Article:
It is the biggest acquisition financing ever put forward for one person. Elon Musk is doing it his way.
More than two-thirds of the $46.5 billion financing package that Musk unveiled on Thursday in support of his bid for Twitter Inc would come from his assets, with the remainder coming from bank loans secured against the social media platform's assets.
That is the reverse of how most investors structure buyouts, with debt secured against the assets of the target company typically comprising the majority of the financing.
The banks backing Musk's bid balked at providing more debt secured against Twitter, arguing that the San Francisco-based company did not produce enough cash flow to justify it, people familiar with the matter said. Some banks were also worried that financial regulators could reprimand them if they took on more risk, the sources added.
This will have an impact on Musk's returns, since debt secured against an acquired company can greatly amplify profits.
To double the $33.5 billion Musk is contributing out of his own fortune to the buyout, Twitter's value would have to go up by 1.4 times. Had he put in only a third of the deal consideration as equity, Twitter's value would have to go up by only 0.7 times for that money to double.
What is more, Musk has agreed to take out a risky $12.5 billion margin loan, secured against his stock of Tesla Inc, the electric-car maker that he leads, to pay for some of the $33.5 billion equity check. Were Tesla's stock to drop by 40%, he would have to repay that loan, a regulatory filing shows.
Musk said last week that he did not care about the economics of the deal "at all" and that he was pursuing the acquisition because it was "extremely important to the future of civilization."
"It seems consistent with what he said," Eric Talley, a professor at Columbia Law School, said about Musk's financing. He added that the proposed deal structure would make it challenging for many private equity firms to join Musk as equity partners, given that they usually rely on saddling companies with debt to boost returns.
Musk did not respond to a request for comment.
Musk is the world's richest person, with a net worth pegged by Forbes at $270 billion. Yet most of his wealth is tied up in Tesla shares, and the proposed deal structure would dry up most of his available liquidity.
He had already borrowed against $88 billion worth of Tesla stock, and the proposed acquisition financing for Twitter would push that figure to more than $150 billion, regulatory filings show. This would leave him little runway to get more cash out of his Tesla shares in the short term, since Tesla executives may borrow no more than 25% of the value of their pledged stock.
Musk's loan against his Tesla stock to finance his Twitter bid is also expensive, potentially costing him about $1 billion annually in interest and amortization expenses, a regulatory filing shows. That gives him an incentive to refinance the proposed debt package at the earliest opportunity.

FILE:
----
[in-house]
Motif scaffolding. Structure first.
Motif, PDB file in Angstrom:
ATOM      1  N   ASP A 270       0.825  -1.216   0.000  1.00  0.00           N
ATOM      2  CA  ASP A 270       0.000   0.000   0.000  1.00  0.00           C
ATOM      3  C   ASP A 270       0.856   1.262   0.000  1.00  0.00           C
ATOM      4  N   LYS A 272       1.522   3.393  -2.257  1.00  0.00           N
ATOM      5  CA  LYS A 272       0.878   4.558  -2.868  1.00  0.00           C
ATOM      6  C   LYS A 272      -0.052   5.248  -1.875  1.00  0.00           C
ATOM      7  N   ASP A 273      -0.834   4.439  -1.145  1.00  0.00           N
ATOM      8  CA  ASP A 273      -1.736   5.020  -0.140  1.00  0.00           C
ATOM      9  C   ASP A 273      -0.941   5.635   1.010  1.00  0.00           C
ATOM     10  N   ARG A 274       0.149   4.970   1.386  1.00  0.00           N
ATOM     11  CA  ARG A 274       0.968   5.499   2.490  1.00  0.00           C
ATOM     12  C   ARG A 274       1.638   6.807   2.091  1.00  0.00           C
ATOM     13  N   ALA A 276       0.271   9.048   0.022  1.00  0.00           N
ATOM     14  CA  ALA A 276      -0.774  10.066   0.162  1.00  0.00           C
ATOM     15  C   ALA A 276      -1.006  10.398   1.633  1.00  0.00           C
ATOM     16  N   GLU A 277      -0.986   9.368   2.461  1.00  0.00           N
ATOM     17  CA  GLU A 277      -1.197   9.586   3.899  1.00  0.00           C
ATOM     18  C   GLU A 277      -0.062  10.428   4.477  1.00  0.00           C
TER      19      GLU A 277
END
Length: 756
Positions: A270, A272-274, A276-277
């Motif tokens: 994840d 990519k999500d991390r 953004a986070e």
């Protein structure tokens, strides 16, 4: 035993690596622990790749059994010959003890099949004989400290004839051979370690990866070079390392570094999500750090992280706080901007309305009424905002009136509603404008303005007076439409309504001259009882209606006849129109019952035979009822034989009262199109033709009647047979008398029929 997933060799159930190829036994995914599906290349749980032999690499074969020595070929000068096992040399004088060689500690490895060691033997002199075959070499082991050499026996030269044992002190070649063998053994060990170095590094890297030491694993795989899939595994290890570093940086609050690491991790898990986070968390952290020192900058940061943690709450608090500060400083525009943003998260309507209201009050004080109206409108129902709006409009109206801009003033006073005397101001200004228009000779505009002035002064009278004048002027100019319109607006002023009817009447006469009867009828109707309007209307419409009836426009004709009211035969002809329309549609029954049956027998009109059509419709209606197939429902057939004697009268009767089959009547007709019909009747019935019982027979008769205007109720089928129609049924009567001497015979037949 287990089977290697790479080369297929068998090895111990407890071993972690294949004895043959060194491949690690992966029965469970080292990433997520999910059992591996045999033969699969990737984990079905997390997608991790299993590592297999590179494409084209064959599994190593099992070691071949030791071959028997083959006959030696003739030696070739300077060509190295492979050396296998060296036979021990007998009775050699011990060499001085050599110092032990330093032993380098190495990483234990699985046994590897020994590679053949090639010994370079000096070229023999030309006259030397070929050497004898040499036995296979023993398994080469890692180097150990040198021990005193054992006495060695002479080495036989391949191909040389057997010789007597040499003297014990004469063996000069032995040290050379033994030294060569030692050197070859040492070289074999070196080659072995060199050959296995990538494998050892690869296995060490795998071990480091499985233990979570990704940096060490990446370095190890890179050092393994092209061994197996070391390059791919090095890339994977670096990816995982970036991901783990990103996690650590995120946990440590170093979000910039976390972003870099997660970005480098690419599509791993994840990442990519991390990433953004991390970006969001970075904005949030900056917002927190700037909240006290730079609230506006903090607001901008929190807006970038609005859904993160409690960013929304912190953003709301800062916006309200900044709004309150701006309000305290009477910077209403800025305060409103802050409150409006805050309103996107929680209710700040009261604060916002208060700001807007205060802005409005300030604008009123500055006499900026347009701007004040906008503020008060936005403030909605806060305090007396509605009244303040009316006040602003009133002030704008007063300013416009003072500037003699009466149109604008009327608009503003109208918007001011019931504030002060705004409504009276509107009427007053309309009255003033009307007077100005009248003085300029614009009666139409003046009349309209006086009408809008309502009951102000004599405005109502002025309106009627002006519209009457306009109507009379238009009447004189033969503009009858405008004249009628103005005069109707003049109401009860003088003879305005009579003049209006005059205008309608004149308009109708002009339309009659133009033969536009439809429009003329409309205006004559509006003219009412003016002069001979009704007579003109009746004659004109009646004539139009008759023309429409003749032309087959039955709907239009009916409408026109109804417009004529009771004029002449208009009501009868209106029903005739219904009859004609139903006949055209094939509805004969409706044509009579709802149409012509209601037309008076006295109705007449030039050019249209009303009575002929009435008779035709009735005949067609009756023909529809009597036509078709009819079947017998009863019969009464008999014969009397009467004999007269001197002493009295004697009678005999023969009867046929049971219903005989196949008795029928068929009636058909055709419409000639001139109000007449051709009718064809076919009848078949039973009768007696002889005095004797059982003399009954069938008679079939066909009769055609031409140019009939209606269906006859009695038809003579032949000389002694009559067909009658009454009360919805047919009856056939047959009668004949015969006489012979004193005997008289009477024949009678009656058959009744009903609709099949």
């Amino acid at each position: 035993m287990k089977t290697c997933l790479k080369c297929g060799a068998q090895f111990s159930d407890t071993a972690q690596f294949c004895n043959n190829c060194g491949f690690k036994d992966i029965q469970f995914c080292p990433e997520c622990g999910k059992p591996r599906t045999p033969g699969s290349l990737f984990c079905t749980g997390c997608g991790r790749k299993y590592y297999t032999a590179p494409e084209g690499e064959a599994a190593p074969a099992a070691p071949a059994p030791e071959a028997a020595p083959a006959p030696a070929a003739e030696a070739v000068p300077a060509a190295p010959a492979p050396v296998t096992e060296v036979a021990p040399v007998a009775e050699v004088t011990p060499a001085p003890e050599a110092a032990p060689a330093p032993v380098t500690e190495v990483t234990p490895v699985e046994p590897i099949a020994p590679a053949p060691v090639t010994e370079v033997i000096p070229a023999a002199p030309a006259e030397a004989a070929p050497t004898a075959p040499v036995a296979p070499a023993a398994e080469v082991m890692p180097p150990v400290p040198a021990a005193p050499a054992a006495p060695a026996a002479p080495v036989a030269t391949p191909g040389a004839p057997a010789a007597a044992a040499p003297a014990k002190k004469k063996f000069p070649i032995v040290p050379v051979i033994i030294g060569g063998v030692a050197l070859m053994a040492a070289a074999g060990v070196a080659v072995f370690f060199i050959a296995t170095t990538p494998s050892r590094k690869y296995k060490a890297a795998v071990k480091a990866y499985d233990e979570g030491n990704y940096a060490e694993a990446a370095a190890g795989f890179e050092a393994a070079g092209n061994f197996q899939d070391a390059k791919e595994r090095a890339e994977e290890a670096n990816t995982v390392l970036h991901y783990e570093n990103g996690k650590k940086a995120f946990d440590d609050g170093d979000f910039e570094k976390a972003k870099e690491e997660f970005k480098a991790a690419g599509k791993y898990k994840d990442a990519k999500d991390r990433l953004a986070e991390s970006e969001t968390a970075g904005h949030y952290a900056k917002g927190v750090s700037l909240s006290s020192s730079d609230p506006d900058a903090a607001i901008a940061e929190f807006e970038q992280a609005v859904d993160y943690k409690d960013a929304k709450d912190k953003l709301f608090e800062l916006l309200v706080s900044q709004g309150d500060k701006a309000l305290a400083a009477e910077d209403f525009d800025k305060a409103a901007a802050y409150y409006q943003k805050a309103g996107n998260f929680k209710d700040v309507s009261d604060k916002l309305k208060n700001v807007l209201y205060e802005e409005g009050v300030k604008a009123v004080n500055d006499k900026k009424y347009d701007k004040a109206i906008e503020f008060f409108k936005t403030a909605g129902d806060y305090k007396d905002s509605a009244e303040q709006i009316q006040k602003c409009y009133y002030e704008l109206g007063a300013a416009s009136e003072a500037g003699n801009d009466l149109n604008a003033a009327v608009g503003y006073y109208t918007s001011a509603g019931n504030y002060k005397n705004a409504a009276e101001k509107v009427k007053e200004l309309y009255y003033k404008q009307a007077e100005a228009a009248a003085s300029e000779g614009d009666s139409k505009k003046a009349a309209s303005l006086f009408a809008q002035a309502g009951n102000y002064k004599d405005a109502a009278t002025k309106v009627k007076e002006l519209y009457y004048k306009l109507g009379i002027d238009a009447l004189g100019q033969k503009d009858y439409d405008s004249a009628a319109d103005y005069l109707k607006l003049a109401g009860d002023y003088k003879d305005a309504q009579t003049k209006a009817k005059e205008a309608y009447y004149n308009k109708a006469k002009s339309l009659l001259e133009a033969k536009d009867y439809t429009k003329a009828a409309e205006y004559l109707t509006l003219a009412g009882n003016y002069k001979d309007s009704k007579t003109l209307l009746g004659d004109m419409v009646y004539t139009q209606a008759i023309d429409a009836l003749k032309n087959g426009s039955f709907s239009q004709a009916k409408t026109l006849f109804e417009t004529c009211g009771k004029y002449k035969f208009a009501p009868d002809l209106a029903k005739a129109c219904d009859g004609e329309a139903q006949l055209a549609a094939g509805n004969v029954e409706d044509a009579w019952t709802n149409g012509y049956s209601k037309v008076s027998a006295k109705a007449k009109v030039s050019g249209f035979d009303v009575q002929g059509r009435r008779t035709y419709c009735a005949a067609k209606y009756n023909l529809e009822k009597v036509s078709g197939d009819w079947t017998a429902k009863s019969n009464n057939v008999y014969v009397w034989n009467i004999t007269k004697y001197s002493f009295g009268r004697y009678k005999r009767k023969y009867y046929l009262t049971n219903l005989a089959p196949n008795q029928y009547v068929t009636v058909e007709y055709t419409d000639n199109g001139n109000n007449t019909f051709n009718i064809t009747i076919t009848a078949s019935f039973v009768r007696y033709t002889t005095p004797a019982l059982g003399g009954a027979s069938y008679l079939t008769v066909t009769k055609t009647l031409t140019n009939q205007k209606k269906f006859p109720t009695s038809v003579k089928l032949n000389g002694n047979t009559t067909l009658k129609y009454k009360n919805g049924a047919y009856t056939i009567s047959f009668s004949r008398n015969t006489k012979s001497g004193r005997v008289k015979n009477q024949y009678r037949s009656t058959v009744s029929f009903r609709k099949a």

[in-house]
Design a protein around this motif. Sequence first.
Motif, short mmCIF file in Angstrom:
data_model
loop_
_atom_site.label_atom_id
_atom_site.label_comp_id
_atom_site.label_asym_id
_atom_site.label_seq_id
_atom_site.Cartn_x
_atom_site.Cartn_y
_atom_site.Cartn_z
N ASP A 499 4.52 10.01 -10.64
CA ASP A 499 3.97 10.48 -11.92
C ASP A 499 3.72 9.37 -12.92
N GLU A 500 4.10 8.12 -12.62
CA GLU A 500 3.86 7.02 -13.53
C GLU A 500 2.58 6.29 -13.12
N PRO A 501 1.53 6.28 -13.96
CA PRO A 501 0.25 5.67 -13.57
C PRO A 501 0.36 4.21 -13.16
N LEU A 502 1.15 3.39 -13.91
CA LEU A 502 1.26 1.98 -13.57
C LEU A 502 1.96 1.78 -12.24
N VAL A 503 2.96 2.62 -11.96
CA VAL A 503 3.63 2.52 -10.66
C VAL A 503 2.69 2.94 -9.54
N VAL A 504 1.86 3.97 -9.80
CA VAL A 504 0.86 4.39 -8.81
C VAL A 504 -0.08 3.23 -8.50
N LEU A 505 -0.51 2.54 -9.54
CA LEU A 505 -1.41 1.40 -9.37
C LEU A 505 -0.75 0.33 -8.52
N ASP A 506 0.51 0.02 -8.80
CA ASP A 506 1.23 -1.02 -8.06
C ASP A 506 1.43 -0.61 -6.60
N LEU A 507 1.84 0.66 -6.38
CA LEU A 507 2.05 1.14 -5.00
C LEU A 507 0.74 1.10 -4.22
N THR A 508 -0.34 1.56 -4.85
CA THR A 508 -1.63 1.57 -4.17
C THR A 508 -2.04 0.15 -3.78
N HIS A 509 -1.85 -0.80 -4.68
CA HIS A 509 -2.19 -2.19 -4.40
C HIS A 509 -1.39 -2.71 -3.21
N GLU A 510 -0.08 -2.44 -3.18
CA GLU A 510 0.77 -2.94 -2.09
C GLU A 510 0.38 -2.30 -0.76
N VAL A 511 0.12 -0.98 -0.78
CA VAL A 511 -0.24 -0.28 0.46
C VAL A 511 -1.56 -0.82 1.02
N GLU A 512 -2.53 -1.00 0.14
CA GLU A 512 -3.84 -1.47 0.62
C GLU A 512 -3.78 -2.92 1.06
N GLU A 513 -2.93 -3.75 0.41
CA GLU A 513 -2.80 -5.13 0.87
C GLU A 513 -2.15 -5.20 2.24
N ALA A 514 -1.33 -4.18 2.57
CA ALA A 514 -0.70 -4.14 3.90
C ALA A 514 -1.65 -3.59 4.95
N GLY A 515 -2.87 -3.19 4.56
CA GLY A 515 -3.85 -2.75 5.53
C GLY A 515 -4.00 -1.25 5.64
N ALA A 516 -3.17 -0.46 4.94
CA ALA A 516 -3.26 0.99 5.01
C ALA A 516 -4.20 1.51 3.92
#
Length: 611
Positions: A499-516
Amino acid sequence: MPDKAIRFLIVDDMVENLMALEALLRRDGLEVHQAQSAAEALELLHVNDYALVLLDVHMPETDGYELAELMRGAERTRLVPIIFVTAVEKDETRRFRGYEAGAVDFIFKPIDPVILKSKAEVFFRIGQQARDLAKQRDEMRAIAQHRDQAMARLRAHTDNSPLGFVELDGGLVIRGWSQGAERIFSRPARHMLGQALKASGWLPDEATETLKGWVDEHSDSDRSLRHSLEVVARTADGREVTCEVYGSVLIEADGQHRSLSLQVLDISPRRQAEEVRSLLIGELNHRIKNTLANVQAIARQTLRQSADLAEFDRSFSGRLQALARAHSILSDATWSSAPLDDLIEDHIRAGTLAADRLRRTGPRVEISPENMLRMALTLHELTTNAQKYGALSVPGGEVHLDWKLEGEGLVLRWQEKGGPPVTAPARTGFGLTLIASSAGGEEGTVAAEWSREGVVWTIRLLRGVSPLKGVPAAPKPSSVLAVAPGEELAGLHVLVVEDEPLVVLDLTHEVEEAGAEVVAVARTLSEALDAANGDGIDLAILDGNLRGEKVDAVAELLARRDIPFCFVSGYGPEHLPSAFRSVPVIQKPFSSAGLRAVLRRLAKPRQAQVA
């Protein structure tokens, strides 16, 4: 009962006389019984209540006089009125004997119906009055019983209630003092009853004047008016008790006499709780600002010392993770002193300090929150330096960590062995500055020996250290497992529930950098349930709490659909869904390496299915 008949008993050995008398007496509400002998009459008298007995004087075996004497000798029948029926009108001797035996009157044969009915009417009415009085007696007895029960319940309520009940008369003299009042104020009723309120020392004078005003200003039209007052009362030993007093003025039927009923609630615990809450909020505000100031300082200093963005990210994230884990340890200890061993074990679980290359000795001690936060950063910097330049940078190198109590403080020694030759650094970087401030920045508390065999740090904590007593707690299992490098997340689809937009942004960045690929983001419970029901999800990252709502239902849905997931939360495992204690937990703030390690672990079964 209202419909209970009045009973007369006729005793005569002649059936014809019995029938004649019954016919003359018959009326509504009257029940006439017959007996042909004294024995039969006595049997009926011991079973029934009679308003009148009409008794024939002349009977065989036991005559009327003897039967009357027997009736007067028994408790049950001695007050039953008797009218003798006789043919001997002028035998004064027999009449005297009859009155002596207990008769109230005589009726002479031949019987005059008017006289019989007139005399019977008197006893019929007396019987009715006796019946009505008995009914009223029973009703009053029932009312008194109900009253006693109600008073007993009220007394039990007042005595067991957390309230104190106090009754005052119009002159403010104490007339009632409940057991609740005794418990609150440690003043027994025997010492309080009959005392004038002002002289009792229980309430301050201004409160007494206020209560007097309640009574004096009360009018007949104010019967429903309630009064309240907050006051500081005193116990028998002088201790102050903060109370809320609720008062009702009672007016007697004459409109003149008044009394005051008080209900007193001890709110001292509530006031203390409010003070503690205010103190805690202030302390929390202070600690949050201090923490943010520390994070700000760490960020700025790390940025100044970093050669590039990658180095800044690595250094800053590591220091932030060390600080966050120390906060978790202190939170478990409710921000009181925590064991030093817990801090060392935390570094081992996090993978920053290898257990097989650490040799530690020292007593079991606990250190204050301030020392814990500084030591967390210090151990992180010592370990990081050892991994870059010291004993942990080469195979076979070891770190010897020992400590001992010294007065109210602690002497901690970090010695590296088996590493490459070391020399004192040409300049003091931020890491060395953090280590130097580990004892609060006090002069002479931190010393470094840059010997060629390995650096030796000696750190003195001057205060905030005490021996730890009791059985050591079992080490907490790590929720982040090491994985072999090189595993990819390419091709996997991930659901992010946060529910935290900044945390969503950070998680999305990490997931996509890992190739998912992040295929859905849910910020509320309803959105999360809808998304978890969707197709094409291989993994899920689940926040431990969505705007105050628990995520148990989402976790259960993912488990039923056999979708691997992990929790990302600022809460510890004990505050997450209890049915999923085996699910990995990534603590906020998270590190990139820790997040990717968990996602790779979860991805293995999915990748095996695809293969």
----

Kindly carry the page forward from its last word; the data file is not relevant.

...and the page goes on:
It is not clear how much of the $21 billion in cash that Musk has committed to the deal is immediately available to him, and whether he would have to cash out on some of his assets. They include stakes in rocket maker SpaceX and tunneling startup Boring Co.
Twitter's board plans to ask Musk to provide more details on the source of the cash he has promised to deliver, according to people familiar with the matter.
A Twitter spokesperson did not respond to a request for comment.
Musk has been looking for partners to reduce his equity contribution to the deal, one of the sources said. It is far from certain that such a partner will emerge.
SoftBank Group Corp, one of the world's biggest technology investors, which places big bets on companies and often without using a lot of debt, has decided it will not pursue Twitter, people familiar with the Japanese conglomerate said. A SoftBank spokesperson declined to comment.
Thoma Bravo LP, a private equity firm that had more than $100 billion in assets under management at the end of December, has been in talks with Musk about joining his bid, the New York Post reported on Thursday. A person familiar with the matter said, however, that Thoma Bravo had indicated to Twitter it was exploring a rival bid to challenge Musk, not joining him. A Thoma Bravo spokesperson declined to comment.
Musk has also hinted at moving Twitter away from advertising, a prospect that has given pause to some private equity firms, given that Twitter relies on it for the majority of its revenue.
Earlier this month, Musk tweeted that the company should generate more subscription revenue and rely less on advertising, because "the power of corporations to dictate policy is greatly increased if Twitter depends on advertising money to survive." He later deleted that tweet.
Twitter's board is preparing to reject Musk's bid as too low by April 28, when the company is scheduled to report first-quarter earnings, sources have said.
Musk, who has amassed a stake in Twitter of more than 9%, said on Wednesday he was exploring the possibility of taking the bid directly to Twitter shareholders with a tender offer. In that scenario, shareholders would not be able to sell their shares, because of a poison pill Twitter adopted, but they would be able to register their support for Musk's bid.
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